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Stupidity in Nevada - Elf M. Sternberg
elfs
elfs
Stupidity in Nevada
I don't normally think of "masonry contractor" when I want someone to educate me on the finer points of biology, but a masonry contractor from Nevada is so concerned with what he sees as the "problems" with evolutionary theory that he doesn't want them debated: he wants the state constitution amended so that teachers would be required to tell students that "some scientists believe it is mathematically impossible that life could have emerged from naturalistic forces," that "nowhere in the fossil record is there found anything that could be described as a transitional fossil," and that "the origin of sex is so unlikely that biologists do not believe an adequate explanation for it will ever emerge."

All three of these are, basically, wrong. Yes, there are a few people with PhDs in economics, or engineering, or mathematics, who have stated that they don't believe that biological processes can emerge from purely chemical ones: suffice it to say that there's nothing biologists or chemists can point to that would agree with them. It is a failure of the imagination that these men suffer from: it seems so complicated they can't imagine how it happened. Well, biologists can.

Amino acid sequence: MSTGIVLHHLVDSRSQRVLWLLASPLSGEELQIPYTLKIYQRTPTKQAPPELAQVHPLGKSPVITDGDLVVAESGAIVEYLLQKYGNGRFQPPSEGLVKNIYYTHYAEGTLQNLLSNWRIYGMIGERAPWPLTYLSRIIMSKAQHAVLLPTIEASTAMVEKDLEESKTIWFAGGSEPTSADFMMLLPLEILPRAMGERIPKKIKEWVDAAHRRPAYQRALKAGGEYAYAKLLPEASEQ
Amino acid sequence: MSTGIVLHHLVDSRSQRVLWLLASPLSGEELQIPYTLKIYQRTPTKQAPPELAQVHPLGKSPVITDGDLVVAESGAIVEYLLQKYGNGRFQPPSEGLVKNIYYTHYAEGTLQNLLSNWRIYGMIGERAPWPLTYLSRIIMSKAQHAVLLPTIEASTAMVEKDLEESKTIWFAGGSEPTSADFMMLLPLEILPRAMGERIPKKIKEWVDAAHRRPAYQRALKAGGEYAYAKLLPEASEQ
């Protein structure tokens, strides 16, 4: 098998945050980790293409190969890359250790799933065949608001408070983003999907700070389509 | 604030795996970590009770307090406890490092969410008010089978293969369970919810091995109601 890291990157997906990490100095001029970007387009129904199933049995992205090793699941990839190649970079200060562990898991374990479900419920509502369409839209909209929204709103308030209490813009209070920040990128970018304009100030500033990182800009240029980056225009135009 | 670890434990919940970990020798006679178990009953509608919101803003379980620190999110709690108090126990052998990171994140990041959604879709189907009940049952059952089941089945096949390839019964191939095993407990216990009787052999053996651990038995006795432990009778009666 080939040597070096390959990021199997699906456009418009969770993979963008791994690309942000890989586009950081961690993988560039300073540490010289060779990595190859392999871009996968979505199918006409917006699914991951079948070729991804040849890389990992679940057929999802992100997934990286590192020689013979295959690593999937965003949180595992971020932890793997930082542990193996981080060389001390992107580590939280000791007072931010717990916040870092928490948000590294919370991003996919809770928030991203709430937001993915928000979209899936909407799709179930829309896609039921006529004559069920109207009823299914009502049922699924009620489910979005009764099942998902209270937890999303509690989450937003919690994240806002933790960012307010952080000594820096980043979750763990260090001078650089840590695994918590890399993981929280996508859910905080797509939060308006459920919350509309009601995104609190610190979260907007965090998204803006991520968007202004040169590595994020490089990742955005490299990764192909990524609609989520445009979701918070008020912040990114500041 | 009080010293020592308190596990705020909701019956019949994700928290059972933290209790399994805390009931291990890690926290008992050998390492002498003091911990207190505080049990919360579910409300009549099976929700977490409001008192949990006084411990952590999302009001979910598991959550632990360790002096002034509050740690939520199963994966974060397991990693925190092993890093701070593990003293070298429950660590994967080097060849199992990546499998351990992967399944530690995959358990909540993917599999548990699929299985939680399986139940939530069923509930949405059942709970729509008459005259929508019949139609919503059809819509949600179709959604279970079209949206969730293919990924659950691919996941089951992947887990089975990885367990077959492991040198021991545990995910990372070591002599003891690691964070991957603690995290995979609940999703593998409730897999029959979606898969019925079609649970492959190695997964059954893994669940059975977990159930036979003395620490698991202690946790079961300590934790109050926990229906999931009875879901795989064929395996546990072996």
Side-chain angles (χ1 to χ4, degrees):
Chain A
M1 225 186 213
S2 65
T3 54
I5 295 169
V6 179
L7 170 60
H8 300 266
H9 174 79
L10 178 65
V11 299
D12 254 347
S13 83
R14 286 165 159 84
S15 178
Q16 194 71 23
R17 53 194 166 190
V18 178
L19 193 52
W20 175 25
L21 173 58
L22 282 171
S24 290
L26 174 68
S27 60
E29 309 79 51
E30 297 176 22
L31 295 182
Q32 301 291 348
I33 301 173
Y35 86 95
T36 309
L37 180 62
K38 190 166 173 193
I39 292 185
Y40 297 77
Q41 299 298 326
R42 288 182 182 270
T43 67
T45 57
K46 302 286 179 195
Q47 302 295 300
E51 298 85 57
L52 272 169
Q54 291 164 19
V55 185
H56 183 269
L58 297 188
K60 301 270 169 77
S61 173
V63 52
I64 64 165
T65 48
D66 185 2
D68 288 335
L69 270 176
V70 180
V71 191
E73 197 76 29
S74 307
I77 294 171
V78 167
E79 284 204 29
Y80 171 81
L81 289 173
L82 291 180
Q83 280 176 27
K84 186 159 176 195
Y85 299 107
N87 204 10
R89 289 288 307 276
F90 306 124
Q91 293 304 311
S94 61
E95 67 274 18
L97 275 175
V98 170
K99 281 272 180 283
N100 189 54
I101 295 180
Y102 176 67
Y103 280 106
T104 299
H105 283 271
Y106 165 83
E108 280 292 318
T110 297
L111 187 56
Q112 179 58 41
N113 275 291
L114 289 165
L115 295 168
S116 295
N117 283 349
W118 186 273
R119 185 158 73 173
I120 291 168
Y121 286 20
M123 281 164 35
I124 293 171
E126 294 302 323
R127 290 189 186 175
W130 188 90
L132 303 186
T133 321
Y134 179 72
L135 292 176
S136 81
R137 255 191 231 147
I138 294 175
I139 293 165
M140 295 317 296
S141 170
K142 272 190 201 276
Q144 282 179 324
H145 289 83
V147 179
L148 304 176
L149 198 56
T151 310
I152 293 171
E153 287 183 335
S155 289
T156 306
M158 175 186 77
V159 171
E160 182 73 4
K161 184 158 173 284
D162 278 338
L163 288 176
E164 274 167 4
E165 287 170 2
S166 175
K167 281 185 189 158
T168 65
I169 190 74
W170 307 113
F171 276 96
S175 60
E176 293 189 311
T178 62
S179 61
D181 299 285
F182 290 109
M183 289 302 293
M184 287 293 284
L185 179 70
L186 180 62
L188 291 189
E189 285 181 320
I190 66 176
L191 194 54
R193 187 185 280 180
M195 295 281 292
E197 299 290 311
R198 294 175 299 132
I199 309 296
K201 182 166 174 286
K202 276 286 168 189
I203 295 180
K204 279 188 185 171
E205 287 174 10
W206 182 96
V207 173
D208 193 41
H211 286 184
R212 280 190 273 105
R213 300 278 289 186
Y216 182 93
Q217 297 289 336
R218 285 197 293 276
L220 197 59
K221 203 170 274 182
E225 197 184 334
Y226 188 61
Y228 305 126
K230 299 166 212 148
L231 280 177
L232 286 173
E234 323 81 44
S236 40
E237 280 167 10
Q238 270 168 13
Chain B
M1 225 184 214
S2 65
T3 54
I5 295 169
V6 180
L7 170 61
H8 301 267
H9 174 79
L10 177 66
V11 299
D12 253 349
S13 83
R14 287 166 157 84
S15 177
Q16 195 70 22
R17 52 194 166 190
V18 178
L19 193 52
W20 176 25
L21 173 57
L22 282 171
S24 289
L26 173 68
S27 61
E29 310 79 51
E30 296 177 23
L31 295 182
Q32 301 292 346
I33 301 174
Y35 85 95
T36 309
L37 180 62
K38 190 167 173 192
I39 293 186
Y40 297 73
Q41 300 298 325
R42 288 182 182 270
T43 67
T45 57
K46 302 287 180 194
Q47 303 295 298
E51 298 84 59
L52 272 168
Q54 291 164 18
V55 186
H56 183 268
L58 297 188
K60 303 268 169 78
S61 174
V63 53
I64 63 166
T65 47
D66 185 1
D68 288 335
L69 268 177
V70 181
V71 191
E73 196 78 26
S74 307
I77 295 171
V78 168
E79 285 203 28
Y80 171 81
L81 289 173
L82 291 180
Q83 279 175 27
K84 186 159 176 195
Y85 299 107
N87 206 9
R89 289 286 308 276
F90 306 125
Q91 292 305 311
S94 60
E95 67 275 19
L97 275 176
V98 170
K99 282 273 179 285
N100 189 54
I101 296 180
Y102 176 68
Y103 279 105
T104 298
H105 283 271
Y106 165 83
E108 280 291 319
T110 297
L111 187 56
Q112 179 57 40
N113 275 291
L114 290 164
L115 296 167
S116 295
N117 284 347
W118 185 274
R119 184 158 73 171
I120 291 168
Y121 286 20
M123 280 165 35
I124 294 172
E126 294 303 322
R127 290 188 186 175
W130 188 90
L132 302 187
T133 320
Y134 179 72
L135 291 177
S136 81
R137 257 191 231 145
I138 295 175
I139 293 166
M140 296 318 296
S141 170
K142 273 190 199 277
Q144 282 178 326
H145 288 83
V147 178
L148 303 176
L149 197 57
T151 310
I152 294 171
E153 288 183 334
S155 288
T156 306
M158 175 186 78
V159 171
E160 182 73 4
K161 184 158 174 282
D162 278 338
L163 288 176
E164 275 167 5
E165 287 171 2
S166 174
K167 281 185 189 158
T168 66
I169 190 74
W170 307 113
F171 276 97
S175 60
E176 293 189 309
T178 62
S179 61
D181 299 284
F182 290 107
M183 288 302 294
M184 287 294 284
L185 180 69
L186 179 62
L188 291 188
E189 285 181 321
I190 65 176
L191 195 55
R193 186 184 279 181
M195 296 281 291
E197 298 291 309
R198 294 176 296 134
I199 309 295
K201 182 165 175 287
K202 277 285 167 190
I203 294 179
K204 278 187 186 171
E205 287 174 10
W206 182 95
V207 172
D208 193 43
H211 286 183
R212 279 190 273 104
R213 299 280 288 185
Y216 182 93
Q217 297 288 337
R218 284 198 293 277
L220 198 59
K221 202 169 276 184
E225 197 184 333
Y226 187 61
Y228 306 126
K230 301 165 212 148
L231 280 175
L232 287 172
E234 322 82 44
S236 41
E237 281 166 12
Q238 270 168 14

There are thousands of transitional fossils. You and I are "transitional forms" between our ancestors and our progeny, and if we go far back enough our ancestors are shaped vastly different from ourselves; likewise, our progeny many generations down the line will be different from our current forms. The term "transitional fossil" is a creationist canard, not a term of biology.

The evolution of sex has long been one of contention, but that doesn't mean that it's so mysterious we can't make progress toward understanding it. A paper that appears in last week's issue of Science shows that in species with both asexual and sexual reproductive strategies, those populations where individuals mostly favored the asexual strategy tended to accumulate deleterious mutations faster than those that had sex. Sex, it turns out, is useful because the mixing and matching of genomes shuffles deleterious genes out of the gene pool faster-- fast enough to make the biochemical investment in sexual reproduction worthwhile to the population as a whole.